Ditto for the cost findings, with the 27-year-old male having access to 32 policies that cost less than the cheapest Obamacare offering, and the 57-year-old couple access to 29 cheaper policies.
“In general, consumers had substantially more policies to choose from on private websites such as eHealthinsurance.com and Finder.healthcare.gov than they presently have on the exchanges,” said the study.
“Obamacare supporters, including the president himself and Nancy Pelosi, claimed the exchanges would yield more choice and lower prices,” said the study’s author, David Hogberg. “This study shows those claims do not stand up.”
The National Center for Public Policy Research, founded in 1982, describes itself f as a “non-partisan, free-market, independent conservative think-tank.”
The Obama administration’s new proposed rule for Medicare Part D would eliminate half of all Medicare Part D plans and raise prescription drug premiums for millions of seniors by up to 20 percent, according to a U.S. House subcommittee chairman.
“Today, the average senior has 35 different [Medicare Part D] plans to choose from this year. This rule would reduce that choice to two plans. 50% of the plans offered today will be gone, and the health care that seniors like may go with it,” House Energy and Commerce Health Subcommittee chairman Rep. Joe Pitts said in a statement at a Feb. 26 hearing attended by a top administration health official.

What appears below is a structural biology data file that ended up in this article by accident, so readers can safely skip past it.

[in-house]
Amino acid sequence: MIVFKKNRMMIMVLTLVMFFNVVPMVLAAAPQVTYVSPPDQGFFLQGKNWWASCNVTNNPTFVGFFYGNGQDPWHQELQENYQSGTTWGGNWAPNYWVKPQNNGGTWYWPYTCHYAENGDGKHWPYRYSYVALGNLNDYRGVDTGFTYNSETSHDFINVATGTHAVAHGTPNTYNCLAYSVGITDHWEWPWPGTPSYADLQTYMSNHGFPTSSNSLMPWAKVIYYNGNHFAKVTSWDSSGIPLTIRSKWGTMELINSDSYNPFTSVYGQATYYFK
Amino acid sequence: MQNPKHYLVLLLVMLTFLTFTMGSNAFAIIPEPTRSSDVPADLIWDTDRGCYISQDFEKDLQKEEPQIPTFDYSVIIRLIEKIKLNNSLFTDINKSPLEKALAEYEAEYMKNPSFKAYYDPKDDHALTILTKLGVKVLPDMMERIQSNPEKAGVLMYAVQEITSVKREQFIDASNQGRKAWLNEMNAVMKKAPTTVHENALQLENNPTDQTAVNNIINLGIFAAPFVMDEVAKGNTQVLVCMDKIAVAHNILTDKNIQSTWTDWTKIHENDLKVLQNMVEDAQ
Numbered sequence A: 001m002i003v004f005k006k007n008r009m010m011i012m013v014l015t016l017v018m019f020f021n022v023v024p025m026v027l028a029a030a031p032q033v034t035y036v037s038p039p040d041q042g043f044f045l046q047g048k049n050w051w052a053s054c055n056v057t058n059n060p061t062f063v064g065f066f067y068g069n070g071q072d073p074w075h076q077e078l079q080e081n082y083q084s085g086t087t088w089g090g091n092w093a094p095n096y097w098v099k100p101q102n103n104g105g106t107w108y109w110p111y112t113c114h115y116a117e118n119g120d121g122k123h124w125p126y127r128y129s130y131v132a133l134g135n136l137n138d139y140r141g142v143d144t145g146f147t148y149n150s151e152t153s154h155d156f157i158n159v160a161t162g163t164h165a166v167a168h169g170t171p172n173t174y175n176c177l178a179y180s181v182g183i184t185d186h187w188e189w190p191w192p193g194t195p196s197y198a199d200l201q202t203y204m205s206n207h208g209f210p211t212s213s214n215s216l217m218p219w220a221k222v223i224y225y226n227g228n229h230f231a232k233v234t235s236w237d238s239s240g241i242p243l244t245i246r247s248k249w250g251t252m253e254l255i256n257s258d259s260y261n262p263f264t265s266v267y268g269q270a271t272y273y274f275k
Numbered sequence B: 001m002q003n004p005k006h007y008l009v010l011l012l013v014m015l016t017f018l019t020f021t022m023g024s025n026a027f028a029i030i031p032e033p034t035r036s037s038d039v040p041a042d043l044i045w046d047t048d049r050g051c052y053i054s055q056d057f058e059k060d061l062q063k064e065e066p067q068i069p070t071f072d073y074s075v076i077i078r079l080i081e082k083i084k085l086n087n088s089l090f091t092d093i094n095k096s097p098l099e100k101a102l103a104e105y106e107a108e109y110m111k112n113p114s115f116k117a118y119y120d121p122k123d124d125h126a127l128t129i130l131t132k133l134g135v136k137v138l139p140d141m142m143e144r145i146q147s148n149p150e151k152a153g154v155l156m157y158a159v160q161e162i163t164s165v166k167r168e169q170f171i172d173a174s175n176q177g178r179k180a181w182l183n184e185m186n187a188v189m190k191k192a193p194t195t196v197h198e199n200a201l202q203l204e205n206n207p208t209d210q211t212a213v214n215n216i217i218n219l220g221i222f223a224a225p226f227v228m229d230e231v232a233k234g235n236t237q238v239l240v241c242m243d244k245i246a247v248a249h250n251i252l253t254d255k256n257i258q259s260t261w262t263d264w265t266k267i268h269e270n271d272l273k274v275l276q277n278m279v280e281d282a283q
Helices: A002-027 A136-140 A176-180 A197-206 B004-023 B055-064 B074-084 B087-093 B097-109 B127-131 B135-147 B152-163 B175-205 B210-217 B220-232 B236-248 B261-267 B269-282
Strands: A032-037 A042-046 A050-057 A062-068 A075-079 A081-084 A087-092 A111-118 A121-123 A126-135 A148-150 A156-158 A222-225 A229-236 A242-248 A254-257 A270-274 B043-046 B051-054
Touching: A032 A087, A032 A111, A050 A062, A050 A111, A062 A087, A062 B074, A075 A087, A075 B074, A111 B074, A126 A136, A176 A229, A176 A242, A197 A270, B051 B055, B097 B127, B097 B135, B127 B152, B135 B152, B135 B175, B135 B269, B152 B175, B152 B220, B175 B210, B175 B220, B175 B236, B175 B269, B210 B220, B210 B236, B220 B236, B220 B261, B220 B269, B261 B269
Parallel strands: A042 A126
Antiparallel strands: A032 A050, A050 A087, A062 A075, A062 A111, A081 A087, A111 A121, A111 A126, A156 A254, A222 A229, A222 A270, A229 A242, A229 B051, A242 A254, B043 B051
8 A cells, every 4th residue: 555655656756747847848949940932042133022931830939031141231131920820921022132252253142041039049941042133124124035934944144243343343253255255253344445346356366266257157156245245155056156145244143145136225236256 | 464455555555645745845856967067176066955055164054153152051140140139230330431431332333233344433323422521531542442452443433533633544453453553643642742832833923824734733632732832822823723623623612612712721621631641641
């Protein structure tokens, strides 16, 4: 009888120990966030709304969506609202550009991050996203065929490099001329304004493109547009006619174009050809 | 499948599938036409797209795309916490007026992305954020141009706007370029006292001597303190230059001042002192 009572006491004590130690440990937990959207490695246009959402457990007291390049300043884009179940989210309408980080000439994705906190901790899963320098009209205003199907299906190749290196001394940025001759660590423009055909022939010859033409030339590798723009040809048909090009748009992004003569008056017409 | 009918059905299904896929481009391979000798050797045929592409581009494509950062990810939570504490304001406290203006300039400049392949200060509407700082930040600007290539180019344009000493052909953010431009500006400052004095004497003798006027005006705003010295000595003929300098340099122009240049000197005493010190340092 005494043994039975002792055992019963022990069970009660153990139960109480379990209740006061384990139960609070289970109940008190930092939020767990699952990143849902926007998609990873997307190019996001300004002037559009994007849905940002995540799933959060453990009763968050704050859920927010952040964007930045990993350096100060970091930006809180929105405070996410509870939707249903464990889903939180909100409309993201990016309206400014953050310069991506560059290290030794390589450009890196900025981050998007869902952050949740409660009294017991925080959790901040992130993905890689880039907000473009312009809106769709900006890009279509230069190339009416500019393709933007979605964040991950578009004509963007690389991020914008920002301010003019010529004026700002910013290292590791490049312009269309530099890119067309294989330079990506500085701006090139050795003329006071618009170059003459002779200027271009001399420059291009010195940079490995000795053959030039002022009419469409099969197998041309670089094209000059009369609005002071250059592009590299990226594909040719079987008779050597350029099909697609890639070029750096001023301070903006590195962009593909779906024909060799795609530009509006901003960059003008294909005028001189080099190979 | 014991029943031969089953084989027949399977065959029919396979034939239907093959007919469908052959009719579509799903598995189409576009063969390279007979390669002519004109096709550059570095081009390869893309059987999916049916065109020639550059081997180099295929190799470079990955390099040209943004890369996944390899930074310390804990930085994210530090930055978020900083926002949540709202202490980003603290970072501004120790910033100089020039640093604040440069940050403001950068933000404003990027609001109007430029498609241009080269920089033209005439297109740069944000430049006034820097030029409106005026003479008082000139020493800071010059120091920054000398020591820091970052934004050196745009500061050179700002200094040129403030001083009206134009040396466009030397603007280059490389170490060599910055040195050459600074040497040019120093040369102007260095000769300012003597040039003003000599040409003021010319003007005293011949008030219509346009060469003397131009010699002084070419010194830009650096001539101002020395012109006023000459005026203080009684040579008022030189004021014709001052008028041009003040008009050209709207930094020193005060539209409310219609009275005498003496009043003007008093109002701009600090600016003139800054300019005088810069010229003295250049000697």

“Limiting seniors’ choices like this will inevitably lead to higher costs. By some estimates, the restriction on the number of plans that can be offered could cause premiums to rise by 10%-20%. Costs to the federal government may increase by $1.2-1.6 billion according to a study by Milliman,” Pitts said. “… I urge Secretary Sebelius and Administrator Tavenner to rescind this rule.”
The study Pitts cited also showed that the new rule would increase out-of-pocket drug costs for 6.9 million seniors who do not qualify for low-income subsidies, and would raise federal taxpayer costs for six million seniors who do qualify.
President Bush signed Medicare Part D into law in 2003 to subsidize prescription drug costs for Medicare beneficiaries.
The Daily Caller reported that the administration’s Centers for Medicare and Medicaid Services (CMS), a division of Kathleen Sebelius’ Department of Health and Human Services (HHS), recently introduced a new proposed rule on the Federal Register called “Medicare Program: Contract Year 2015 Policy and Technical Changes to the Medicare Advantage and the Medicare Prescription Drug Benefit Programs.”